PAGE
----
My marriage to Angelo was short lived, but I don’t regret for one minute the time I spent with his wonderful family. This generation of Italians was special. They worked hard, often for little reward and seemed happy with their lot in life. Many of them came to Australia and made our country so much richer, not to mention giving us great coffee.
Thank you Maria, Agata, Fellina, Cataldo, Ferdinando, Rosa and Annamaria ( not the witch, the daughter of Maria)
While I was there on this visit I set off to find the steps to the beach. I got lost, ended up in a few back yards and lost the will to go on – next time Ferdinando says he will show me the way.


These are the steps leading to the path to the steps. When Cataldo walked here he walked through bush. Now there are houses, vineyards and olive trees.



I’ll be back next spring to try again. Ferdinando, we have a date.


Click here to see my earlier story about Angelo.


  1. How beautiful dear Debra, to have such a nice memories and to have a nice people… I am impressed so much. Whatever in this story that you expressed there is love I can see… I loved these people and this beautiful village. Thank you for sharing with us, Have a nice weekend, and Blessing and happiness for you all, with my love, nia

    • Maria and Agata and the rest of the family are wonderful. It is always a delight to visit.

  2. A warm, beautiful story. Great people, a beautiful village and fantastic photos. We could not ask for more. I am glad to hear that you are having such a terrific time, full of fond memories.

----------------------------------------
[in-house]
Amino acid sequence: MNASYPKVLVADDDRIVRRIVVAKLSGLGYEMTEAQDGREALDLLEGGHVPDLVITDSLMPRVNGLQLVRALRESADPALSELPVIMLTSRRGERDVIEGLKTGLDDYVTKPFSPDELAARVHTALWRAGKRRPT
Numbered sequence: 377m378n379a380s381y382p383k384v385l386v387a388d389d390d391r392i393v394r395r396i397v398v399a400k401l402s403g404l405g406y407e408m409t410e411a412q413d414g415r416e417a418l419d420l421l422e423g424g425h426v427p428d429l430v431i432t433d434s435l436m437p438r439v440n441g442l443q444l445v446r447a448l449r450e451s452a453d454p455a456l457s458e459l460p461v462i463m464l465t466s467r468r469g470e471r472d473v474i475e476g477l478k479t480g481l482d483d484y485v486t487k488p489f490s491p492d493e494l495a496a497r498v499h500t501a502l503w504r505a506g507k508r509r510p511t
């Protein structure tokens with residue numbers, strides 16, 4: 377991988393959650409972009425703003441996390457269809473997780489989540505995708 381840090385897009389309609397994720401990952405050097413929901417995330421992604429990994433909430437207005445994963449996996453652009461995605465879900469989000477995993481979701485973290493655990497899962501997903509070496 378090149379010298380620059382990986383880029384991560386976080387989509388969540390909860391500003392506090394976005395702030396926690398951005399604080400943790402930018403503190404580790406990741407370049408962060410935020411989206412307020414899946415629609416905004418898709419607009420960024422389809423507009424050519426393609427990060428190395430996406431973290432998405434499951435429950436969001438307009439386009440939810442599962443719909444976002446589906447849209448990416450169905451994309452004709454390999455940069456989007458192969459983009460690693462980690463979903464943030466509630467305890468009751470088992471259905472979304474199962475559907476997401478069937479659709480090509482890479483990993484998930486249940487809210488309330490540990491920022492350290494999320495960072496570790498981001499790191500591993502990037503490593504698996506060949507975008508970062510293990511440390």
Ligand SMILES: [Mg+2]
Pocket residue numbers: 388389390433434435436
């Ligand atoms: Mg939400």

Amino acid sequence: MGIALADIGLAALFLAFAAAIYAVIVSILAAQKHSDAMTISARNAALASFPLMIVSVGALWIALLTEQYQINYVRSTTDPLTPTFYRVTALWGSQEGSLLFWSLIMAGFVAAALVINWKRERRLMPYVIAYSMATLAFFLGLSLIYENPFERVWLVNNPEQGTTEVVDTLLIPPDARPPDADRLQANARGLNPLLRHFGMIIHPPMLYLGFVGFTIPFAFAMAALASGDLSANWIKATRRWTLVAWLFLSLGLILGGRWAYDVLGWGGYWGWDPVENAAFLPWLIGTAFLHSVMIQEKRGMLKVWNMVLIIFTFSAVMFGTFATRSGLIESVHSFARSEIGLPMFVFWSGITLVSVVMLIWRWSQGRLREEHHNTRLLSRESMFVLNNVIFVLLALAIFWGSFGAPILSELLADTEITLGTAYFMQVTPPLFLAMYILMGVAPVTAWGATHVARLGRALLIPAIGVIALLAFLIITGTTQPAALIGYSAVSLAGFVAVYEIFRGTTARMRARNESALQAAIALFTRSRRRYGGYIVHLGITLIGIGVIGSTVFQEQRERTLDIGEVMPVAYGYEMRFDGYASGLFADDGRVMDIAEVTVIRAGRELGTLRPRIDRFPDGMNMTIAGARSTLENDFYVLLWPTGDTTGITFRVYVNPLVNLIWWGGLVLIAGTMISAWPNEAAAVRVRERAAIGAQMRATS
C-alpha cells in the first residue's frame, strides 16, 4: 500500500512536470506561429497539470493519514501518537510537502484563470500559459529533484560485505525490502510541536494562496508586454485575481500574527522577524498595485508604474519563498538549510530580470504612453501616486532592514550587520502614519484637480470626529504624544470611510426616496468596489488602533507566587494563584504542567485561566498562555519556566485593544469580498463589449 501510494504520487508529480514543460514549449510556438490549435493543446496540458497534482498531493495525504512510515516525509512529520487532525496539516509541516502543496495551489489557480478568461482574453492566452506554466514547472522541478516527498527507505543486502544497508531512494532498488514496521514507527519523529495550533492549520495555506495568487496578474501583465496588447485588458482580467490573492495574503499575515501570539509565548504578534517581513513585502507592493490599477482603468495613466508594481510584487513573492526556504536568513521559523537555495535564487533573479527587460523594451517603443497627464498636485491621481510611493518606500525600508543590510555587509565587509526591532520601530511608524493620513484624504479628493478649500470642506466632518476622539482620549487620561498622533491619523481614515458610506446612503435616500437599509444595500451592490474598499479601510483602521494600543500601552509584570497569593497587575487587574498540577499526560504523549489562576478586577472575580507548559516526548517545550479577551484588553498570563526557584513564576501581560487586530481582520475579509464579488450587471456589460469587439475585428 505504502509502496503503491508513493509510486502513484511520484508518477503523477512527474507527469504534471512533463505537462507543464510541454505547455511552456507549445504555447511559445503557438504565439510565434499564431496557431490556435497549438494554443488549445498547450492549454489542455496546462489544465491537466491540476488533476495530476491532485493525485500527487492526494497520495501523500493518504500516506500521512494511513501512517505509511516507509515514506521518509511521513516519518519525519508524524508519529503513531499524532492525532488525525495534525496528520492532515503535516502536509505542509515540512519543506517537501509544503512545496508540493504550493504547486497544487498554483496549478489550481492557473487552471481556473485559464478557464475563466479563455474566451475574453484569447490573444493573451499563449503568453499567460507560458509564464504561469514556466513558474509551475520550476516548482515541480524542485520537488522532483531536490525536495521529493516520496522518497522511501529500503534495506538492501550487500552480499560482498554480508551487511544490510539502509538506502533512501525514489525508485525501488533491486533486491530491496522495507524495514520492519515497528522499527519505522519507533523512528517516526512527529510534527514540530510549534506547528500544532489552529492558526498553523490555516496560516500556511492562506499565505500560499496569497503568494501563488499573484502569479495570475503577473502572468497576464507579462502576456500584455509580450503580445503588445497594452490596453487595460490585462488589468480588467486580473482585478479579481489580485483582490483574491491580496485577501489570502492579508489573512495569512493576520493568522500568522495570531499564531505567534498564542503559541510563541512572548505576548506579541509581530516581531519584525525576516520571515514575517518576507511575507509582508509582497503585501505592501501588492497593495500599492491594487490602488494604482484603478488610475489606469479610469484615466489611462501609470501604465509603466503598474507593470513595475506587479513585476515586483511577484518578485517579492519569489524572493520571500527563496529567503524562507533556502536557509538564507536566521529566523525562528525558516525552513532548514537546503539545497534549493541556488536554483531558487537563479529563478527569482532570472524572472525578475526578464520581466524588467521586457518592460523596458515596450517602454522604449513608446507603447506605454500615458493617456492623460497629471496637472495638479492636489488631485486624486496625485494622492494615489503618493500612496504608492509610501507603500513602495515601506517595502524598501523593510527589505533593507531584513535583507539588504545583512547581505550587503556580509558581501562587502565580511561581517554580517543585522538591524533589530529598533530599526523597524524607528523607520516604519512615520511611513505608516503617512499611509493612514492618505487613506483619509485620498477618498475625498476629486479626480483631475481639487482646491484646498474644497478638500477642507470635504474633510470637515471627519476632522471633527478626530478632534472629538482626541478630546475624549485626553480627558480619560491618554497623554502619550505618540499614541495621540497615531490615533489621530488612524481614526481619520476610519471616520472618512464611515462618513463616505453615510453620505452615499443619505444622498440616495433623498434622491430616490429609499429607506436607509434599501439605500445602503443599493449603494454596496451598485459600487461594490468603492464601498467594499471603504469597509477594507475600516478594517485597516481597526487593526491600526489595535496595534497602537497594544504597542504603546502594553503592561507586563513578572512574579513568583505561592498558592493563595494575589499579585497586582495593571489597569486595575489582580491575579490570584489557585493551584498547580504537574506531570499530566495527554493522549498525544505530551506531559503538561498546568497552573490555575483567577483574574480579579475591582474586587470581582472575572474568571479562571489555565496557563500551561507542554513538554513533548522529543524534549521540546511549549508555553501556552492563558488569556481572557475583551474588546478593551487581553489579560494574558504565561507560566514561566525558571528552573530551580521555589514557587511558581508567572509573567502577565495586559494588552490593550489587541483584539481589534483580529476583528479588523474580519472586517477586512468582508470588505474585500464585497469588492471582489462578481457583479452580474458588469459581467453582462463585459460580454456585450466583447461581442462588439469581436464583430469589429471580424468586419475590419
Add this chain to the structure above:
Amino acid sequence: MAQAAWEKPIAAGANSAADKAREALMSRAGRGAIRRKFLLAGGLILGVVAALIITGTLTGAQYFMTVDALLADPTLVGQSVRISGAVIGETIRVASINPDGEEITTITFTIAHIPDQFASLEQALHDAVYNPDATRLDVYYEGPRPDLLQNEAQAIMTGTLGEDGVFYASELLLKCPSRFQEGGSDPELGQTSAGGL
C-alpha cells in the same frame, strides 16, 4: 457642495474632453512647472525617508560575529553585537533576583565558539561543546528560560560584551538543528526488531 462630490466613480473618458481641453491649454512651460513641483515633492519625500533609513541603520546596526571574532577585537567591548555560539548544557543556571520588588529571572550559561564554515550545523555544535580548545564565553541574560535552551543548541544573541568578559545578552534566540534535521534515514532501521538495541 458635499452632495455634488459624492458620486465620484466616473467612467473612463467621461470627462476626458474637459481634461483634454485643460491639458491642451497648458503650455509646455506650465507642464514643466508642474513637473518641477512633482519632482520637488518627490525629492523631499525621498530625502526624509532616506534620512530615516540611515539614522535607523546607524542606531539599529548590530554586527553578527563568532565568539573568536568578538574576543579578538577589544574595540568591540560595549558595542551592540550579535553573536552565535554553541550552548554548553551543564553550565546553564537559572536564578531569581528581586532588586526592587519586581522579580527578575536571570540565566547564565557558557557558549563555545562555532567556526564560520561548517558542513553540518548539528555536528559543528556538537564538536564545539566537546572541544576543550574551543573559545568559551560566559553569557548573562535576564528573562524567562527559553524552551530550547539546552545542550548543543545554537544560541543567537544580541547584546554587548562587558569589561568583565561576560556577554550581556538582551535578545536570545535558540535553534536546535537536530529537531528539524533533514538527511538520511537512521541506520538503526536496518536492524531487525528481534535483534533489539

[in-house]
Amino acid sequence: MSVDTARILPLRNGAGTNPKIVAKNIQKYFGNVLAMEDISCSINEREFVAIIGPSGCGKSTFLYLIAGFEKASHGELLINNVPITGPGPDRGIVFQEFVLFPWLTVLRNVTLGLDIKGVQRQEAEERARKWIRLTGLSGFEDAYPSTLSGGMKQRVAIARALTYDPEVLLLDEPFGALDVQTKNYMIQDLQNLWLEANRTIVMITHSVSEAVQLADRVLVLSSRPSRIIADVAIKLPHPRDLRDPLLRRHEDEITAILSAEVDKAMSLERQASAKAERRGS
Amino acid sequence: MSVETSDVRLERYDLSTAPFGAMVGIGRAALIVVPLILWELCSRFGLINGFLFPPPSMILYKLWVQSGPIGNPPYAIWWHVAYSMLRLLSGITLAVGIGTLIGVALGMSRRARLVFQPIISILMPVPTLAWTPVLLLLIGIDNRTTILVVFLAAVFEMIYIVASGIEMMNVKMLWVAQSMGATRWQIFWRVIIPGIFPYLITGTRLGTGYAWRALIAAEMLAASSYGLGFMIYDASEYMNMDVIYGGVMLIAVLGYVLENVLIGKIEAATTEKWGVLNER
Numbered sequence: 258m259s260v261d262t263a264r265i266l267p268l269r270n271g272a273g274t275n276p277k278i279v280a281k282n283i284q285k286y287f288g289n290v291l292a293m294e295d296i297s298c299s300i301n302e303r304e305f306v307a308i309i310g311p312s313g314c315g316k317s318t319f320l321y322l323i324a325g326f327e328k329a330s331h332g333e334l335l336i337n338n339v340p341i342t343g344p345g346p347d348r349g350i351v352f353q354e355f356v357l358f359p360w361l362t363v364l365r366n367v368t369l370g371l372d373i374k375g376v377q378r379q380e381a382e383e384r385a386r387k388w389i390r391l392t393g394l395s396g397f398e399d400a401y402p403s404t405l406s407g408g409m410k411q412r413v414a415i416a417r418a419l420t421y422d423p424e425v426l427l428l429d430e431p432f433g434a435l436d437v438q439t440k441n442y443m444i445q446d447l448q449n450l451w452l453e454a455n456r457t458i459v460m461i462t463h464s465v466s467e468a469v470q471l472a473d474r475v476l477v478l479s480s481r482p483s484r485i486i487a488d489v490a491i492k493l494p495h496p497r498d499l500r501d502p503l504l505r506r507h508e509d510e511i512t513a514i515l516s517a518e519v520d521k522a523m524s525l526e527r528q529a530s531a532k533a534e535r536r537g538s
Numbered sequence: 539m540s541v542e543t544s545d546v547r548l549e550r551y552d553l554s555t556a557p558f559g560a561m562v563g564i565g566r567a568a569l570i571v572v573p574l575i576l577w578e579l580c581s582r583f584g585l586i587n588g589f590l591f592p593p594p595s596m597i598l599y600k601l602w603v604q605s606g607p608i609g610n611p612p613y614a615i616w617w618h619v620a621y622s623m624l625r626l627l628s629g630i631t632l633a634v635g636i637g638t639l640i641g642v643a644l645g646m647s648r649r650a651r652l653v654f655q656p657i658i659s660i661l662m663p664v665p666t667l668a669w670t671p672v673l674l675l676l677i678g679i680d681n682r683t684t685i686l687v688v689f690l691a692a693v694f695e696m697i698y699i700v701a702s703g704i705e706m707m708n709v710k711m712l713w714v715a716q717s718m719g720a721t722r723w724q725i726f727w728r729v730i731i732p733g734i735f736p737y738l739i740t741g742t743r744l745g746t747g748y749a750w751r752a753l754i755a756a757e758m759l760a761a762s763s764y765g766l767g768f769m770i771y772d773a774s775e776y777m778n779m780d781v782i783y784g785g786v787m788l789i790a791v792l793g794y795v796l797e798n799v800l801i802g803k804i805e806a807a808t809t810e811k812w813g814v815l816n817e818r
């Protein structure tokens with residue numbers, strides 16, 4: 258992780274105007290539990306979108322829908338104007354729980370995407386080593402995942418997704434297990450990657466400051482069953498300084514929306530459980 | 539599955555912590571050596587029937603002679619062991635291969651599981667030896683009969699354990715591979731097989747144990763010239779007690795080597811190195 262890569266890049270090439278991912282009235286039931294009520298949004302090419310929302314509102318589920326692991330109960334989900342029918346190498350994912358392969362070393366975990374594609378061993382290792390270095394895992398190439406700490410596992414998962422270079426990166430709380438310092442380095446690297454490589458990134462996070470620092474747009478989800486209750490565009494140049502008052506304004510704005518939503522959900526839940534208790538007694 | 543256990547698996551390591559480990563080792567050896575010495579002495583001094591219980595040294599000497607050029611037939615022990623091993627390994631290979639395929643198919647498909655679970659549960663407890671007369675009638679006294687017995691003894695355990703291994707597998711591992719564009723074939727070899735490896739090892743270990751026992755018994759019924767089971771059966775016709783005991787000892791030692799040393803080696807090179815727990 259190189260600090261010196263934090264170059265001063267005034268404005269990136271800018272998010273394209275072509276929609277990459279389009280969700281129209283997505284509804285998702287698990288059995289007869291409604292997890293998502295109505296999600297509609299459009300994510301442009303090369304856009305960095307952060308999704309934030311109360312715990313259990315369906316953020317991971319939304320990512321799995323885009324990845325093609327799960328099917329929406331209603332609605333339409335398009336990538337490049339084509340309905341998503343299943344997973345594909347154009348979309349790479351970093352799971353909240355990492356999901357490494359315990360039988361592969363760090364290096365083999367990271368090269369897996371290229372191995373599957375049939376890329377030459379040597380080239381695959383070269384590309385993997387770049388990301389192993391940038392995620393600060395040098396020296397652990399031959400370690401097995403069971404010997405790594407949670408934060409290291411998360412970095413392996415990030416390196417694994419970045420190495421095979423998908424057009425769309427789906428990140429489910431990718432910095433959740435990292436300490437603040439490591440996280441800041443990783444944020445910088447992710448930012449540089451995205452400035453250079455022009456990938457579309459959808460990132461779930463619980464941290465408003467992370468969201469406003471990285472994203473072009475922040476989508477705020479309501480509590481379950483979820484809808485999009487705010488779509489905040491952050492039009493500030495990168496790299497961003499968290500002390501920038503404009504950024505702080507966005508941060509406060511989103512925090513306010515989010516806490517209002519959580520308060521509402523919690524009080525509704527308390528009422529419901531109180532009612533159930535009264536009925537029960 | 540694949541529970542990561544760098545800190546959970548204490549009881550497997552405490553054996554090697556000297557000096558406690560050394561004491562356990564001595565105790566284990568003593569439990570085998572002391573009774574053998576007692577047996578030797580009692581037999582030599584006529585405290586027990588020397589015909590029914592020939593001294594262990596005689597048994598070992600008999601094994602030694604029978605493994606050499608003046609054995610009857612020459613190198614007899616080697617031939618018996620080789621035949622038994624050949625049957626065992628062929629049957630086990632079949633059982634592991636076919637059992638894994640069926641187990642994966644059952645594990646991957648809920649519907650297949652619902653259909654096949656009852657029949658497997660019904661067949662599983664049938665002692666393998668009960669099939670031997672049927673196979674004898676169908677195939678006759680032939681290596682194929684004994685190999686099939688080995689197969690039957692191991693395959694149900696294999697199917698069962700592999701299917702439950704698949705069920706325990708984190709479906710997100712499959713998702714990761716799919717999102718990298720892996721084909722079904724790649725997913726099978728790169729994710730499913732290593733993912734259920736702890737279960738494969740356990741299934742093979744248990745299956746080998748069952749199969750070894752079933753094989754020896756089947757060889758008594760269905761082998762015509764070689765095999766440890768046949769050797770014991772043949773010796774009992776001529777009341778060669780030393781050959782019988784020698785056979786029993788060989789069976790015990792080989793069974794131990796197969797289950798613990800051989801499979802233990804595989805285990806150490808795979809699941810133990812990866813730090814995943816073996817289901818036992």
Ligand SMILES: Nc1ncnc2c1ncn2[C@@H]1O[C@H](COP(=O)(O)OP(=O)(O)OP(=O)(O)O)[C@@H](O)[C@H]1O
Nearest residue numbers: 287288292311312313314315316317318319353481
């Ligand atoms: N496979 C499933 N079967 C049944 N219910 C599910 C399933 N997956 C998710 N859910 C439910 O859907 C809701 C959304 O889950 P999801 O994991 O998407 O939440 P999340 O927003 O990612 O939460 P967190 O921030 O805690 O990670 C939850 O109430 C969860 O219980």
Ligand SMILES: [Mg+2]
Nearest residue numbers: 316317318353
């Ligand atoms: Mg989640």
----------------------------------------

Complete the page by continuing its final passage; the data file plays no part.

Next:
• I have lots of good memories of the time I spent in S’Agata.

  3. Lovely posting. Trully enjoyed it!:)

  4. What a lovely story!

  5. Fascinating post, lovely to see a real, ordinary family and a glimpse of their homes and life.

    • Maria, Agata and the rest of the family are very special.

  6. You kept in touch with everyone and have been rewarded with a rare insight into a family, thanks for sharing

    • I will be visiting more often now. Only one of Angelo’s brothers is still alive and Maria and Agata are getting on a bit.

  7. I enjoyed reading this warm and special post on your family and their village in S’Agata. What beautiful people they are.

    • They are the best.

  8. What a moving insightful and loving post Deb. I truely enjoyed it too. I am very much looking forward to the evil witch story.

    • I’ll tell you when I get home, she is still alive.

  9. i wish to be blessed like you. keep on giving us hope

  10. I agree with Nia – there is a lot of love in your story, Debra. Maria, Agata and Ferdinando look delightful, warm, generous and friendly people. Through your pictures, I can see now why Italian families live in close proximity, which in turn reflects the tightly-knit Italian communities settled in Australia. I love your photos of S’Agata and can imagine myself walking along the steps with Caltado to the boats. What a lovely view from Maria’s home! Thank you for sharing your story – warms my heart!

    • Their view is spectacular and they do take the time to enjoy it.

  11. Italy is such a beautiful place and your article is so well written – makes me wish I could go back.

    ‘The Witch’ though – do tell!

    • I’ll have to send you an email with the witch story, she is still alive.

  12. What a beautiful story Debra. It is wonderful that you have kept in touch with the family and are able to visit them. I can imagine that they enjoy seeing you too.


    • When I go back it is as though I never left.

  13. Hi Debra, When is the book coming out?
    Such a lovely family all living in the same
    village and the views! Wow! Now we all
    need to hear about the witch – they might
    even make a film about it. Your best
    posting yet.